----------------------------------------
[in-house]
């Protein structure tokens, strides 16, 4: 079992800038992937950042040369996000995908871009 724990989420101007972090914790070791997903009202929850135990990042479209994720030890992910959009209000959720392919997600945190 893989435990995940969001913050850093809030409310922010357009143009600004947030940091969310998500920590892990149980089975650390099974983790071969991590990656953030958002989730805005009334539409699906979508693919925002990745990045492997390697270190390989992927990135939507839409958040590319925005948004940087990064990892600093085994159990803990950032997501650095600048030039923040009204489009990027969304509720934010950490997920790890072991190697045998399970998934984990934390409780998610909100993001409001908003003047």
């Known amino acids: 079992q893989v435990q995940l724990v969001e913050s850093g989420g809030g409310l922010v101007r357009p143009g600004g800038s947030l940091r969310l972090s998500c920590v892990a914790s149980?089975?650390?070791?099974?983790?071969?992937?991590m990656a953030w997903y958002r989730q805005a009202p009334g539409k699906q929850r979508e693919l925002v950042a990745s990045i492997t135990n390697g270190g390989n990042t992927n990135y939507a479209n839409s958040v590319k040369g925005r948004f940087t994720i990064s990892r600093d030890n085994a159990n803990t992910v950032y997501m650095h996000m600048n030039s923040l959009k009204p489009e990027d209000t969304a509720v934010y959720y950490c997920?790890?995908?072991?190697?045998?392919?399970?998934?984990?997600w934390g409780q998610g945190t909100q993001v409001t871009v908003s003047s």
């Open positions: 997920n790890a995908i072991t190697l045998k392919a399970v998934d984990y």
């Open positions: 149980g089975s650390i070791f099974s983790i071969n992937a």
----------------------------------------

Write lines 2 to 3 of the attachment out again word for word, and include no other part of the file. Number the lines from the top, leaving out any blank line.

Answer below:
């Protein structure tokens, strides 16, 4: 079992800038992937950042040369996000995908871009 724990989420101007972090914790070791997903009202929850135990990042479209994720030890992910959009209000959720392919997600945190 893989435990995940969001913050850093809030409310922010357009143009600004947030940091969310998500920590892990149980089975650390099974983790071969991590990656953030958002989730805005009334539409699906979508693919925002990745990045492997390697270190390989992927990135939507839409958040590319925005948004940087990064990892600093085994159990803990950032997501650095600048030039923040009204489009990027969304509720934010950490997920790890072991190697045998399970998934984990934390409780998610909100993001409001908003003047």
């Known amino acids: 079992q893989v435990q995940l724990v969001e913050s850093g989420g809030g409310l922010v101007r357009p143009g600004g800038s947030l940091r969310l972090s998500c920590v892990a914790s149980?089975?650390?070791?099974?983790?071969?992937?991590m990656a953030w997903y958002r989730q805005a009202p009334g539409k699906q929850r979508e693919l925002v950042a990745s990045i492997t135990n390697g270190g390989n990042t992927n990135y939507a479209n839409s958040v590319k040369g925005r948004f940087t994720i990064s990892r600093d030890n085994a159990n803990t992910v950032y997501m650095h996000m600048n030039s923040l959009k009204p489009e990027d209000t969304a509720v934010y959720y950490c997920?790890?995908?072991?190697?045998?392919?399970?998934?984990?997600w934390g409780q998610g945190t909100q993001v409001t871009v908003s003047s």